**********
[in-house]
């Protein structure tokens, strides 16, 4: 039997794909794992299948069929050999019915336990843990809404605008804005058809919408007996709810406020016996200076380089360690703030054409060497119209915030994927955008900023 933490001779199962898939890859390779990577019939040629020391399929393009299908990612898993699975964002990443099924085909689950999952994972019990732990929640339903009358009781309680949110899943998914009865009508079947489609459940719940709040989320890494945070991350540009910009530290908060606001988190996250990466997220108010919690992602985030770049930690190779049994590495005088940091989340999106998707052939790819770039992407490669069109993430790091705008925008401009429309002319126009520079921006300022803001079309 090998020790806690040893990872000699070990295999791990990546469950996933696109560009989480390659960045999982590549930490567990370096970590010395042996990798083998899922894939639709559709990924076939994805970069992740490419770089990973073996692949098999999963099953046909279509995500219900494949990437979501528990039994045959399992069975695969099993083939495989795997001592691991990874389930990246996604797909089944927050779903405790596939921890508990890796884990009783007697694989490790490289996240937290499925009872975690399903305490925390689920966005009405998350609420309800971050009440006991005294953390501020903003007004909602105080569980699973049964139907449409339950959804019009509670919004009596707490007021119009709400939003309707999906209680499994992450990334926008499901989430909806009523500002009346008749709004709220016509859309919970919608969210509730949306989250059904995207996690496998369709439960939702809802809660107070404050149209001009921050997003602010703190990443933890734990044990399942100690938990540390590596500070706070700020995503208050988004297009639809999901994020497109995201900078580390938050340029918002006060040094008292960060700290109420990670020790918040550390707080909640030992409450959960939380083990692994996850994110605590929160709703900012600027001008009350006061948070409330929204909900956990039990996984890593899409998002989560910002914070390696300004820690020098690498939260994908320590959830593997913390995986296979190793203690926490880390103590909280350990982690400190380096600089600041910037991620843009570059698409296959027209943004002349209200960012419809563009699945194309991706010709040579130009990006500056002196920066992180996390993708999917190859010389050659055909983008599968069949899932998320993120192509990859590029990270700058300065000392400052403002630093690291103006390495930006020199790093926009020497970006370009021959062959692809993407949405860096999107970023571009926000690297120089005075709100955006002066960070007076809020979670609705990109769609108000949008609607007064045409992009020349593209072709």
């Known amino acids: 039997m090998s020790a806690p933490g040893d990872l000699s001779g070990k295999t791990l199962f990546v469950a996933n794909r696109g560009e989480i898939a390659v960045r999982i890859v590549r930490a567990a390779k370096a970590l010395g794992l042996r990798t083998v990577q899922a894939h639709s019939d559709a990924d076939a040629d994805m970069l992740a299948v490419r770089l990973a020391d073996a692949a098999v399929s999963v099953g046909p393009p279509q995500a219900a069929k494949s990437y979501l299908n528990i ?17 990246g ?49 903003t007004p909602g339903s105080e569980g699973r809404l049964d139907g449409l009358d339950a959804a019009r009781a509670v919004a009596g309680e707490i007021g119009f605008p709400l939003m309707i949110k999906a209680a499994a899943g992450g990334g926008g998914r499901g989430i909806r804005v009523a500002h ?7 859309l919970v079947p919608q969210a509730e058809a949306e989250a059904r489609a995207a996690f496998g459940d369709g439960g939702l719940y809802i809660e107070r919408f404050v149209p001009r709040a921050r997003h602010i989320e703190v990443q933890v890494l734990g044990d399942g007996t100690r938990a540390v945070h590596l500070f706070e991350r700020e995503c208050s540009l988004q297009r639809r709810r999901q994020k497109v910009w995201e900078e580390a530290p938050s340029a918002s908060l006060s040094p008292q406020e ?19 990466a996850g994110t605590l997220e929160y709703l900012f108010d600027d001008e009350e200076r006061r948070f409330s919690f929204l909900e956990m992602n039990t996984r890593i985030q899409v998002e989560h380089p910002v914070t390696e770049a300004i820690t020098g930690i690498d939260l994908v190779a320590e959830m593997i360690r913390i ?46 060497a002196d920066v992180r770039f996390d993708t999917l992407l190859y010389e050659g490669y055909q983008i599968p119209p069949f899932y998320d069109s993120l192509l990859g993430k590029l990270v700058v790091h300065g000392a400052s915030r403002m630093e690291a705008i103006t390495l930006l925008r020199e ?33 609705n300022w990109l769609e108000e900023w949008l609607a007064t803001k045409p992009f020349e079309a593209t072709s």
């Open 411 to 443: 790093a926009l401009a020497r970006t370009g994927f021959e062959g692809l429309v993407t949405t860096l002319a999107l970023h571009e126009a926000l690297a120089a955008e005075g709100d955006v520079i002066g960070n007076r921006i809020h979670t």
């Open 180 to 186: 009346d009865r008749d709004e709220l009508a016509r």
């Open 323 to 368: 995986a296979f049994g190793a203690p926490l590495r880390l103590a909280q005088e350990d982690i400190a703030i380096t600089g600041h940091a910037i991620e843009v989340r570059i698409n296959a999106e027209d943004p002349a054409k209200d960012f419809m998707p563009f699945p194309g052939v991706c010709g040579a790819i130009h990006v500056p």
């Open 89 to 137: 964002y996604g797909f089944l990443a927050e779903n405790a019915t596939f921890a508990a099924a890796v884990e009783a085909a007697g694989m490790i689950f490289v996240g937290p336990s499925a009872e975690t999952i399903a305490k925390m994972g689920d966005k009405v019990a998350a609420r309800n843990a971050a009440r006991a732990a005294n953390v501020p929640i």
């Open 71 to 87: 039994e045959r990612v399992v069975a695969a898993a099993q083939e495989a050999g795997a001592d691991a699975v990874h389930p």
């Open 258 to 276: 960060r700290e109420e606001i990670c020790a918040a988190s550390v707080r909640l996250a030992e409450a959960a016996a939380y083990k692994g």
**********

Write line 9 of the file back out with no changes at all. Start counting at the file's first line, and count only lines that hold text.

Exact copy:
């Open 258 to 276: 960060r700290e109420e606001i990670c020790a918040a988190s550390v707080r909640l996250a030992e409450a959960a016996a939380y083990k692994g």